God could think things that he'd never be caught saying, and also the Almighty occasionally doing scatalogical humor would be comedy gold.

 
 
Feb 18, 2014
I'm unsure if you need any feedback. But I like your robot reading news. It's something like bender in futurama. They can say things about humans that would be offending when said by another human. I'm wondering if there will be in the long term a "pointy haired" robot...
 
 
+11 Rank Up Rank Down
Feb 18, 2014
Speaking of systems, is the robot reading the news going to be called - Robert ?
 
 
Feb 18, 2014
I don't have a problem with experimenting. Just make sure you limit it. I've gotten about [---- ] that close to unfollowing the RSS feed because I want to read stuff that makes me think (why I like the blog), not necessarily comics. Throw a Robot News in here and there, but keep the blogging the focus.
 
 
Feb 18, 2014
Seems like the format will become pretty repetitive over time, but right now I think it's brilliant and highly enjoyable. Recycled artwork seems to be a minor thing. I regularly read Basic Instructions (thanks for the recommend, years ago) that's like 95% recycled artwork.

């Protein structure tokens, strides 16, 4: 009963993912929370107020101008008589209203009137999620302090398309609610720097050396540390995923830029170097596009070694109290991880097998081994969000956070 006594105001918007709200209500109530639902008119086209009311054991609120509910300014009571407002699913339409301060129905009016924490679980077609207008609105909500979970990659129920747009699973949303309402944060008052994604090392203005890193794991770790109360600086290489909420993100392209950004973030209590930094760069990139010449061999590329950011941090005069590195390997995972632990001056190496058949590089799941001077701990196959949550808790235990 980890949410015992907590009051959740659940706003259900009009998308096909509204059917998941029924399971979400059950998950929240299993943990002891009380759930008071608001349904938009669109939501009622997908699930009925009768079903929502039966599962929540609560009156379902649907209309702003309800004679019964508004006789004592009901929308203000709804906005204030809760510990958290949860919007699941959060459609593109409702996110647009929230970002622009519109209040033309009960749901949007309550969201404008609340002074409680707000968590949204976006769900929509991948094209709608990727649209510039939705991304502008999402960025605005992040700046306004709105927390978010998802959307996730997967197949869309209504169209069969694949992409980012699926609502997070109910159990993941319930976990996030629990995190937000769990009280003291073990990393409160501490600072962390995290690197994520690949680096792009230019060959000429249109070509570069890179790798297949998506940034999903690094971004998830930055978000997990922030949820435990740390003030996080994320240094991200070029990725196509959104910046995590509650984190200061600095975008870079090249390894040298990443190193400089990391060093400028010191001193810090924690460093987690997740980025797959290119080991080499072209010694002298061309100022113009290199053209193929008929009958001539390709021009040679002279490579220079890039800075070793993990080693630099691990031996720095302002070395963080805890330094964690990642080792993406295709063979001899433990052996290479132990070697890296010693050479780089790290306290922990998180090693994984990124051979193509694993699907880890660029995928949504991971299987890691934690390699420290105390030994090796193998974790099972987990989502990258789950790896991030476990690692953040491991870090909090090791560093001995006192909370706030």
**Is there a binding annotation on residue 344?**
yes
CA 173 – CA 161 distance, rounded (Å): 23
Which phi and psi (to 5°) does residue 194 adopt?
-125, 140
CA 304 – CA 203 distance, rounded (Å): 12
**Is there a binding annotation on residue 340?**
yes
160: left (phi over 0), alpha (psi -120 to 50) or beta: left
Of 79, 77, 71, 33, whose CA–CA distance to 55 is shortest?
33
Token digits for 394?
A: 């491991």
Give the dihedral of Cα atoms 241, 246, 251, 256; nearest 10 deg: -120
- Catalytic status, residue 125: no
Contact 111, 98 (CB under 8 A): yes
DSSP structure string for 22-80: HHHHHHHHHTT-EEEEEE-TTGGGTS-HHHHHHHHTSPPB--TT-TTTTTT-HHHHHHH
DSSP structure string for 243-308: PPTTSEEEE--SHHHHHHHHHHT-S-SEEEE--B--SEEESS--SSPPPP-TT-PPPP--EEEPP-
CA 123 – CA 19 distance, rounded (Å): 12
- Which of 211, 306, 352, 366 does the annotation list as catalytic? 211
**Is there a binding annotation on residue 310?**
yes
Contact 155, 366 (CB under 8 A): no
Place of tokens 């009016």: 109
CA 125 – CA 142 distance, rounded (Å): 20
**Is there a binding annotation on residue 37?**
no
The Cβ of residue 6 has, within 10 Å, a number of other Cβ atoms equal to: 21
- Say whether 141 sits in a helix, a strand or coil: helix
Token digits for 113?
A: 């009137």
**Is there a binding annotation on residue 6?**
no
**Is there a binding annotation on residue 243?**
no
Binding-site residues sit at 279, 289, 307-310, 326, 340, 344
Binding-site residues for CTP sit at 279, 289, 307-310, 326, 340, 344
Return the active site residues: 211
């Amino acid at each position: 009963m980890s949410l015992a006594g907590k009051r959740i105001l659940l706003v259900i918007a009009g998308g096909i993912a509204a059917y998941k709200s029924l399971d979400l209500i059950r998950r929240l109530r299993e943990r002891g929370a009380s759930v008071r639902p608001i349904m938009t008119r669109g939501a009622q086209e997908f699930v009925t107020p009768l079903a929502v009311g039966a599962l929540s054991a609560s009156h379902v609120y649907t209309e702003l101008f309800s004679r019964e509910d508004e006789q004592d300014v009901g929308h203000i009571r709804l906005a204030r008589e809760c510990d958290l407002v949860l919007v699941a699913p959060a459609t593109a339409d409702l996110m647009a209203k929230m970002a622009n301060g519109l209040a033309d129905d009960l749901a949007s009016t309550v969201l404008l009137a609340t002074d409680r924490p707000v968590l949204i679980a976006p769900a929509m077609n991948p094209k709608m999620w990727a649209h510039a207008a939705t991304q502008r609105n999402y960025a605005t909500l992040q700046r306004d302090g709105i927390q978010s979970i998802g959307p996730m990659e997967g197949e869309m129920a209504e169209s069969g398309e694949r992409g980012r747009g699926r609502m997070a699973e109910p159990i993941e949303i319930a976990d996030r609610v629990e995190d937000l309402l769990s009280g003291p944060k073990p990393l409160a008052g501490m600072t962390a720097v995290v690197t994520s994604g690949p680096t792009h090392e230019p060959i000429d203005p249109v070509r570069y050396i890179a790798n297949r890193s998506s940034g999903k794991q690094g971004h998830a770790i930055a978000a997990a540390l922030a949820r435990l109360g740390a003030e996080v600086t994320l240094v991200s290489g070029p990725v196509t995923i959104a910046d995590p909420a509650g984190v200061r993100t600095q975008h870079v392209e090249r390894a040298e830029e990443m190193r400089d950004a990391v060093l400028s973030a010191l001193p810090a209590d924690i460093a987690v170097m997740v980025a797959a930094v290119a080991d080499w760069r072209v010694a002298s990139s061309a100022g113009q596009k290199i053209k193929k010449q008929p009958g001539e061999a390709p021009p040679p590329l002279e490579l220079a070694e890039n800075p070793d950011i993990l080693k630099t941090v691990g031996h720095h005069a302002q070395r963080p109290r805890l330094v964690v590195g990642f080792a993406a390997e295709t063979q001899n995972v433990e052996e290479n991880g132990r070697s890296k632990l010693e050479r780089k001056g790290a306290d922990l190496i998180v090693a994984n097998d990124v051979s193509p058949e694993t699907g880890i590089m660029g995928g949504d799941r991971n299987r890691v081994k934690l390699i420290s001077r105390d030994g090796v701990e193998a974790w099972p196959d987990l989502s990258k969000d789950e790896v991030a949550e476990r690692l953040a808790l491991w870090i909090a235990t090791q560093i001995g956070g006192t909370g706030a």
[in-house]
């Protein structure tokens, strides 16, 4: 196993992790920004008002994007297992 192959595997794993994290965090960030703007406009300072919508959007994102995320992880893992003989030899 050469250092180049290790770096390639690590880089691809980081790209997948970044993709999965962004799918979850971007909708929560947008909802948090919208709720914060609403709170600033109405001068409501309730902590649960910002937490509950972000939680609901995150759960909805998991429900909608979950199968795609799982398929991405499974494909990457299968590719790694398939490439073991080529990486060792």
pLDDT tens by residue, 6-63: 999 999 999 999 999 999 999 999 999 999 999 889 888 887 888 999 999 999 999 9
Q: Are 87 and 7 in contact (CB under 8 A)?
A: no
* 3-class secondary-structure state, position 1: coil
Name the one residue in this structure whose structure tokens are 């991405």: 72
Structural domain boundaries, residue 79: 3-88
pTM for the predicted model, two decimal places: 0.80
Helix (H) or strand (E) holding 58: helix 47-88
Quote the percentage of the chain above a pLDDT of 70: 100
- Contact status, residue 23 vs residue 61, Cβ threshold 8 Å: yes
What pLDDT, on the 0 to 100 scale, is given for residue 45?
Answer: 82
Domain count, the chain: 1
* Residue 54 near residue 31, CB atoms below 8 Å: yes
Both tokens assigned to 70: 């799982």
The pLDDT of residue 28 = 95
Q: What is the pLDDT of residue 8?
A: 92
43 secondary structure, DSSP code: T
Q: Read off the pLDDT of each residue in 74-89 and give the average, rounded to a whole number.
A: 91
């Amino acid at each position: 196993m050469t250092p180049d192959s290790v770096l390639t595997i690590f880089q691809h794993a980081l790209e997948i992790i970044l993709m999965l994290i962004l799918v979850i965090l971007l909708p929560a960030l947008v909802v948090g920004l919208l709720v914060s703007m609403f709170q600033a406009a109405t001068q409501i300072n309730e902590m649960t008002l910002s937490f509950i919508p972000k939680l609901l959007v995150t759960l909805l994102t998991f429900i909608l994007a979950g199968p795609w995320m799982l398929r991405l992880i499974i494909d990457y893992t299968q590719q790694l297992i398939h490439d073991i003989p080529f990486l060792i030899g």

+30 Rank Up Rank Down
Feb 18, 2014
'Ex-wife' jumped out at me too. So sorry to hear this.
 
 
+1 Rank Up Rank Down
Feb 18, 2014

I second Dinosaur Comics. There are some real classics there.
 
 
+34 Rank Up Rank Down
Feb 18, 2014
Ex-wife?
 
 
Feb 18, 2014
Scott,

I'm curious if you're familiar with the webcomic "Dinosaur Comics" by Ryan North. It's one of my favorite comics, and the main gimmick is that the art never changes, it's the same six panels of dinosaur-themed clip-art, but the dinosaurs' dialogue changes every day. Most readers (including myself) are very skeptical at first, but quickly learn to love it. Here's a link just in case you're curious.

http://www.qwantz.com/index.php